onde os escravos eram castigados

e hoje um batuque um
batuque

com a pureza de meninos uniformizados
de escola secundária

em dia de parada

e a grandeza épica de um povo
em formação

nos atrai, nos deslumbre e estimula

não importa nada: nem o traço
do sobrado

nem a lente do Fantástico, nem o disco
de Paul Simon

ninguém, ninguém é cidadão

se você for ver a festa do Pelô

e se você não for

pense no Haiti, reze pelo Haiti

o Haiti é aqui—o Haiti não é aqui

E na TV se você vir um deputado em
pânico mal dissimulado

diante de qualquer, mas qualquer mesmo,
qualquer qualquer

plano de educação que pareça fácil

que pareça fácil e rápido

e vá representar uma ameaça
de democratização

do ensino de primeiro grau

e se esse mesmo deputado defender

a adoção da pena capital

e o venerável cardeal disser

que vê tanto espírito no feto

e nenhum no marginal e se,

ao furar o sinal, o velho sinal

vermelho habitual,

notar um homem mijando na
esquina da rua

sobre um saco brilhante de lixo do Leblon

e ao ouvir o silêncio sorridente de
São Paulo

diante da chacina

111 presos indefesos,

mas presos são quase todos pretos

ou quase pretos, ou quase brancos
quase pretos de tão pobres

e pobres são como podres e todos sabem

como se tratam os pretos

e quando você for dar uma volta no Caribe

e quando for trepar sem camisinha

e apresentar sua participação inteligente
no bloqueio a Cuba

pense no Haiti, reze pelo Haiti

o Haiti é aqui, o Haiti não é aqui.

* line eliminated in future recordings

Haiti

When you are invited up
on the terrace

of the Casa de Jorge Amado Foundation

to watch from above the row of soldiers;
almost all black

beating on the necks of black good for
nothings

of mulatto thieves and other almost
white ones

treated like the black ones

just to show the other almost
black ones

(and they are almost all black)

and the almost white poor like
black ones

how it is that blacks, poor, and mulattos

and almost white ones, almost black and
poor are treated

and it doesn’t matter if the eyes of the
whole world

might for a moment be turned to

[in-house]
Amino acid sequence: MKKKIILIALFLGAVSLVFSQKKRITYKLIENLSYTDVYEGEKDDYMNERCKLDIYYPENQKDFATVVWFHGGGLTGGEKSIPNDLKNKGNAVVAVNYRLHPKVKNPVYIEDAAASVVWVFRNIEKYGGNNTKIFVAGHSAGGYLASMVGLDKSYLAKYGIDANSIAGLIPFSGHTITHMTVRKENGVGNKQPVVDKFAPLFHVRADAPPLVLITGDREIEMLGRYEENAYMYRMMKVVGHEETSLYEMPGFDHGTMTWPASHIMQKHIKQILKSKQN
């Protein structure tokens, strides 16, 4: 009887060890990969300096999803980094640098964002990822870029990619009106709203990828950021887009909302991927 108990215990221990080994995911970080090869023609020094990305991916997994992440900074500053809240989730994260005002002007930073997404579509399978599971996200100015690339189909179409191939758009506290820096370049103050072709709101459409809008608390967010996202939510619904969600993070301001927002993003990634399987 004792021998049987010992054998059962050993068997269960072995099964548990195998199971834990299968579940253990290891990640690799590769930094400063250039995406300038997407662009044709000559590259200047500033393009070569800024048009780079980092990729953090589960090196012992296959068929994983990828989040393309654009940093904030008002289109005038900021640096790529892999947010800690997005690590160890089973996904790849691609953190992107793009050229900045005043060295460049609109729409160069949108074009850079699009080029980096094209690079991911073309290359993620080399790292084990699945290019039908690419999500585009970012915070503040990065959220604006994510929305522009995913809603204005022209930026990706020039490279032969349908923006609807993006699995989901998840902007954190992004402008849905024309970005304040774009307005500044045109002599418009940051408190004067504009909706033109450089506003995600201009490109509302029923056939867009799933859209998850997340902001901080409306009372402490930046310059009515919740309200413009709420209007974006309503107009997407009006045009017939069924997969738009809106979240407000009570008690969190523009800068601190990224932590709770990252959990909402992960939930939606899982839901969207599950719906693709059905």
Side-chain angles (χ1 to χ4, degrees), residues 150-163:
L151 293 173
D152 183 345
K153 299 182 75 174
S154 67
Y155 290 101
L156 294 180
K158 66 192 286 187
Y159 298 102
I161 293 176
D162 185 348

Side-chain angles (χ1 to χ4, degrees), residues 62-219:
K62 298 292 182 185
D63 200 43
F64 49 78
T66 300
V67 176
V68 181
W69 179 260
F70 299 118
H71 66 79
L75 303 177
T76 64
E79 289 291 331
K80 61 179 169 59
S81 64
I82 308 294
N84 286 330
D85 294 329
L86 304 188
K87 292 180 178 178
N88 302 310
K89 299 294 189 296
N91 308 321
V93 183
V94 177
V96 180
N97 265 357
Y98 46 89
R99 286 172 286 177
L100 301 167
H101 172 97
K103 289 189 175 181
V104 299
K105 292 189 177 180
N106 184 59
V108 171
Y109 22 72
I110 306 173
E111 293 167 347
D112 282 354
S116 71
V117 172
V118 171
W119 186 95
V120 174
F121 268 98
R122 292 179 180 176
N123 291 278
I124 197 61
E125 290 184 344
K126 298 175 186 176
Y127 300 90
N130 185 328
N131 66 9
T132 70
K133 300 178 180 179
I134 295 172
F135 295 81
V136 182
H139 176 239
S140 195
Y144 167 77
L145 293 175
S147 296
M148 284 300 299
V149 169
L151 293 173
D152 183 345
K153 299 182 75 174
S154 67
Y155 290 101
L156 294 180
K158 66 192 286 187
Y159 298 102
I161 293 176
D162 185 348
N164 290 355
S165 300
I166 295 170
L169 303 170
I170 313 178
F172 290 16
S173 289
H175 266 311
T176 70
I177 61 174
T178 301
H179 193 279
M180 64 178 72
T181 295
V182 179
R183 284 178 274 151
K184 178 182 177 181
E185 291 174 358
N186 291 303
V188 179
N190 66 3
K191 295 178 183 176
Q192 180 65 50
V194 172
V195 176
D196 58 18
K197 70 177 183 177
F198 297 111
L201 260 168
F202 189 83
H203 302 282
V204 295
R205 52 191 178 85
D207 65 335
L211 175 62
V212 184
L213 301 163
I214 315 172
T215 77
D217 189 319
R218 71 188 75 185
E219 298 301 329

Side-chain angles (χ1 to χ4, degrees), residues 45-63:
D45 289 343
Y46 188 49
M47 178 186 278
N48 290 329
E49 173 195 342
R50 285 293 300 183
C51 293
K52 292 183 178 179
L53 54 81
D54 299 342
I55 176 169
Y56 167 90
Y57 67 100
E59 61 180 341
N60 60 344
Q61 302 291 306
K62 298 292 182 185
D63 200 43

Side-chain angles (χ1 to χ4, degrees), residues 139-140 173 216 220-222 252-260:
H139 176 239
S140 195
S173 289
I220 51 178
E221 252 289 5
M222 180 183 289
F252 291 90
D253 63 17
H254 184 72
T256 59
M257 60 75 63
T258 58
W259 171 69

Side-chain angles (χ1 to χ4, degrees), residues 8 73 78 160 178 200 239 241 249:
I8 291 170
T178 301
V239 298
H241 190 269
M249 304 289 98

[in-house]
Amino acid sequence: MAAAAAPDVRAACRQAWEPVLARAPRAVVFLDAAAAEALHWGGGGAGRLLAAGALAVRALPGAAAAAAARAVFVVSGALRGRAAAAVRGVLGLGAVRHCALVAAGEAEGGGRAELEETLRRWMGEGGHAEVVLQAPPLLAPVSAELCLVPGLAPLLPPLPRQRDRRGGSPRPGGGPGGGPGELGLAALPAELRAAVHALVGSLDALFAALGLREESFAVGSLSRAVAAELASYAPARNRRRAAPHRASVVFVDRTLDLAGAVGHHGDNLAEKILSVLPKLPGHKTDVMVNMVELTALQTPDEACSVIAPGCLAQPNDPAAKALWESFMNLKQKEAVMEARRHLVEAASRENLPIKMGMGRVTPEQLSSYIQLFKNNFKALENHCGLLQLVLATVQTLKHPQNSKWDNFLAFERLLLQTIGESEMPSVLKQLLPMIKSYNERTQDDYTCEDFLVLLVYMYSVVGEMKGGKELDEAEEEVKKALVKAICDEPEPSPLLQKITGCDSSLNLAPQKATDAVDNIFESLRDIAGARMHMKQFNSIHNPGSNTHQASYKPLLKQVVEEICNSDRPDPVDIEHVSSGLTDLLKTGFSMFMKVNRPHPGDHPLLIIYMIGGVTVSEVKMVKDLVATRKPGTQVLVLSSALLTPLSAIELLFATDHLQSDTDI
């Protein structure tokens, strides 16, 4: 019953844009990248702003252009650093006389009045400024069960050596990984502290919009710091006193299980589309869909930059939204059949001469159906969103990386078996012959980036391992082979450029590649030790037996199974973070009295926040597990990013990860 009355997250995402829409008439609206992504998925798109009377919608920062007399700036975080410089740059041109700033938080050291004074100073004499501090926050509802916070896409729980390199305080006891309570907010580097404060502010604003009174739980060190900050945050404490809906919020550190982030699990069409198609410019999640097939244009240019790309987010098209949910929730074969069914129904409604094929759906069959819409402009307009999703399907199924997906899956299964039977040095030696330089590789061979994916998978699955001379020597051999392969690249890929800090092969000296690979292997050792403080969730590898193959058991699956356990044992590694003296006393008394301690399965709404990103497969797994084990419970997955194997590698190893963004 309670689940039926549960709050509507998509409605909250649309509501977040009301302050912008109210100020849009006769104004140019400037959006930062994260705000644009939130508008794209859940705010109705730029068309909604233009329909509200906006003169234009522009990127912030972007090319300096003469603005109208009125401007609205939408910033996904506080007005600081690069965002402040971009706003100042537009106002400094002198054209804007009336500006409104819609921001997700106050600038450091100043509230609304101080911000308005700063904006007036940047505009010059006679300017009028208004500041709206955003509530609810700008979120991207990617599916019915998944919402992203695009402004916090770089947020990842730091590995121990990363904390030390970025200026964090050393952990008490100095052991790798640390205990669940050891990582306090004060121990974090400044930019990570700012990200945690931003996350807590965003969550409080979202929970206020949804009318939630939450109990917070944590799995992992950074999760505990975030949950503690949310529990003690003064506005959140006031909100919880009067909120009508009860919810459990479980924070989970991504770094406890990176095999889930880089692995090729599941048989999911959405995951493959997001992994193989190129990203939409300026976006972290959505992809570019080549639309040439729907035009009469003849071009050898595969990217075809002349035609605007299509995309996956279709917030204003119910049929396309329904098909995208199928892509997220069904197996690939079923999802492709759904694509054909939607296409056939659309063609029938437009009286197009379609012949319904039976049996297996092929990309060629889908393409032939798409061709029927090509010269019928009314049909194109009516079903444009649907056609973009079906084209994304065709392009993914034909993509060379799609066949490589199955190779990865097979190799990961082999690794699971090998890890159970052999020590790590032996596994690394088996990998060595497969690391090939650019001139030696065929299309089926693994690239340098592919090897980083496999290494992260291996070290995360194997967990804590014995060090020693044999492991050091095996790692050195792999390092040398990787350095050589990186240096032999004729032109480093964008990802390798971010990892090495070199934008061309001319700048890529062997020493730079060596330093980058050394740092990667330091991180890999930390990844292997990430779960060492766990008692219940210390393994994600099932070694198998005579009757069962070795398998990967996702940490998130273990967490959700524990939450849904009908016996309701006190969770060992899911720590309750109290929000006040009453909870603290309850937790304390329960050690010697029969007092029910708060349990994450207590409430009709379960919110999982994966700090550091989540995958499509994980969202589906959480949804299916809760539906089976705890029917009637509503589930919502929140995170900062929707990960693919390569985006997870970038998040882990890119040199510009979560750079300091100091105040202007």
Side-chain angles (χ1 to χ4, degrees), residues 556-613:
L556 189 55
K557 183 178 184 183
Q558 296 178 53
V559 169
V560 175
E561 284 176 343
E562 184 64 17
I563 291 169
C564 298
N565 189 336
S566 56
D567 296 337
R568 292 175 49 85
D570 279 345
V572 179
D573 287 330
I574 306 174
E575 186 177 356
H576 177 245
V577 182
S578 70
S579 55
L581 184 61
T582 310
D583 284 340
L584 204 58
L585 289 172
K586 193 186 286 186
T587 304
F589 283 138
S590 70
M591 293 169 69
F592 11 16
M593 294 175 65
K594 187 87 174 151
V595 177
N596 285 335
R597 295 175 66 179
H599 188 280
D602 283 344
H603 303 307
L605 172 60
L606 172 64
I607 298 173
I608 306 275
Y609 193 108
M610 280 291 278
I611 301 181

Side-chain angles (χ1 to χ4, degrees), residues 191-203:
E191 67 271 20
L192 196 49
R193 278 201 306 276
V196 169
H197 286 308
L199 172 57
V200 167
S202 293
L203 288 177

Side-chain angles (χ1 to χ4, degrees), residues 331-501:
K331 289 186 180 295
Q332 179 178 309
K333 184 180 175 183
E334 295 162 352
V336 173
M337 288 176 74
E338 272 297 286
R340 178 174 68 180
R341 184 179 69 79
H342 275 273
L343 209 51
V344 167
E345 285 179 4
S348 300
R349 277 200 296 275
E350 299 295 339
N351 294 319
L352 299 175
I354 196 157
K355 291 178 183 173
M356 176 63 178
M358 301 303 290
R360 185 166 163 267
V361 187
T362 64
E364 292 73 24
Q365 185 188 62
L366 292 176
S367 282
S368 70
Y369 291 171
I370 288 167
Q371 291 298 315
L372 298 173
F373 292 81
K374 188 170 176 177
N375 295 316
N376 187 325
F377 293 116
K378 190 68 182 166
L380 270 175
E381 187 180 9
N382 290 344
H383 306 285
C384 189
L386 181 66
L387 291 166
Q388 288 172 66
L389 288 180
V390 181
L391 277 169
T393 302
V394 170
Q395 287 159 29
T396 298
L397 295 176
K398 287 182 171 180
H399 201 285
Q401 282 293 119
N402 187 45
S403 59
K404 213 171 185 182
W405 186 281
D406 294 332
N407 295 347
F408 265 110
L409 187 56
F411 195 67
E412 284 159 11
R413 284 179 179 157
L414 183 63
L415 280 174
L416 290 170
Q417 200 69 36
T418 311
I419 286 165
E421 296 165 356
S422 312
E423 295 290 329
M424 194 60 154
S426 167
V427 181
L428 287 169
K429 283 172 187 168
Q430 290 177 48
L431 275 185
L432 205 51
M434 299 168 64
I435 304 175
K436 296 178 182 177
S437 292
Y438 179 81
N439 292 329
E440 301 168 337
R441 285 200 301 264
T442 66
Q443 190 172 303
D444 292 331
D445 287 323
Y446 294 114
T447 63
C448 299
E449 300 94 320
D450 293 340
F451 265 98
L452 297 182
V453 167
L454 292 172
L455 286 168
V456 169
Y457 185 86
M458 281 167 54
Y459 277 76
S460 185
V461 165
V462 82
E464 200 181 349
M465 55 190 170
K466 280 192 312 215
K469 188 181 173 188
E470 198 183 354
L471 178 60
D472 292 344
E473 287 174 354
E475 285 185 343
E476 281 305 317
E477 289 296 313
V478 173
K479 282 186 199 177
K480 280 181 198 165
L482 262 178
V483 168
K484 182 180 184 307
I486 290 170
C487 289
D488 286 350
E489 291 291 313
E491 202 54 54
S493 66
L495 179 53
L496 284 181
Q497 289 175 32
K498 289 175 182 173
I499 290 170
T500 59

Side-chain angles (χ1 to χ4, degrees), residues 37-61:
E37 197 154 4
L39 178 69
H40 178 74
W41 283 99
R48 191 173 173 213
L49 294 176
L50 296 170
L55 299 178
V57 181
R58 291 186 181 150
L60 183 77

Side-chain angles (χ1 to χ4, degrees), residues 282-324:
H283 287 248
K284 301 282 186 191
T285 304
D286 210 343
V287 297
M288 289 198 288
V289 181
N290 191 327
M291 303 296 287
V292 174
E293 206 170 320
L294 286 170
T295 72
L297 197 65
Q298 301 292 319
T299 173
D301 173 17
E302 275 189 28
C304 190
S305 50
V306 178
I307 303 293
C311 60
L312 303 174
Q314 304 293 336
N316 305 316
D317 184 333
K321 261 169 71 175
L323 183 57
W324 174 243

the square

where the slaves were punished

and today a pounding of drums,
pounding of drums

with the purity of boys in secondary
school uniforms

on parade day

and the epic grandeur of a people
in formation

it attracts us, astonishes and stimulates us

nothing matters: not the trace of the
mansion’s architecture

not the lens from Fantástico, not
Paul Simon’s record

no one, no one is a citizen

if you go to the party there at Pelô,

and if you don’t go

think of Haiti, pray for Haiti

Haiti is here—Haiti is not here

And on TV, if you see a congressman
in badly concealed panic

when faced by any, absolutely any, any any

plan for education that seems easy

that seems fast and easy

and will represent a threat to democratize

primary school education

and if this same congressman
should defend

the adoption of capital
punishment

and the venerable cardinal should declare

that he sees so much soul in the fetus

and none in the criminal and if,

when you run a light, the old familiar light

red as usual

you notice on a street corner
a man pissing

on a shiny bag of garbage from Leblon

and when you hear the smiling silence of
São Paulo

in response to the massacre

111 defenseless prisoners

but prisoners are almost all black

or almost black, or almost white
almost black and so poor

and poor men are rotten, and everyone knows

how blacks are treated

and when you go on holiday in the Caribbean

and when you go fuck without a condom,

and participate intelligently
in the blockade of Cuba

Think of Haiti, pray for Haiti

Haiti is here, Haiti is not here.

 

One of the duo’s most complex (the English translation in this case should be
taken only as a very distant taste of what the words and allusions mean) and beautiful songs has melody by Gil and lyrics
by Caetano and talks about the Brazilian style of film making, known as Cinema Novo,
whose most important director was the late
Baiano, Glauber Rocha, a friend of Caetano’s but
also someone he describes as so shy and withdrawn, conversation with him never came easily.
The lyrics make numerous references to important Brazilian movies.

Cinema Novo

O filme quis dizer “Eu sou o samba”

a voz do morro rasgou

a tela do cinema

e começaram a se configurar

visões das coisas grandes e pequenas

que nos formaram e estão a nos formar

todas e muitas; deus e o diabo,

vidas secas, os fuzis,

os cafajestes, o padre e a moça, a

grande feira, o desafio

outras conversas, outras conversas
sobre os jeitos do Brasil

outras conversas sobre os jeitos do

Brasil

A bossa nova passou na prova

nos salvou na dimensão da eternidade

porém aqui embaixo “a vida”,
mera
“metade de nada”

nem morria nem enfrentava
o problema

pedia soluções e explicações

e foi por isso que as imagens
do país
desse cinema

entraram nas palavras das canções

Primeiro foram aquelas que
explicavam

e a música parava pra pensar

mas era tão bonito que parasse

que a gente nem queria reclamar

depois foram as imagens que
assombravam

e outras palavras já queriam se cantar

de ordem de desordem de loucura

de alma à meia-noite e de indústria

e a terra entrou em transe é

no sertão de Ipanema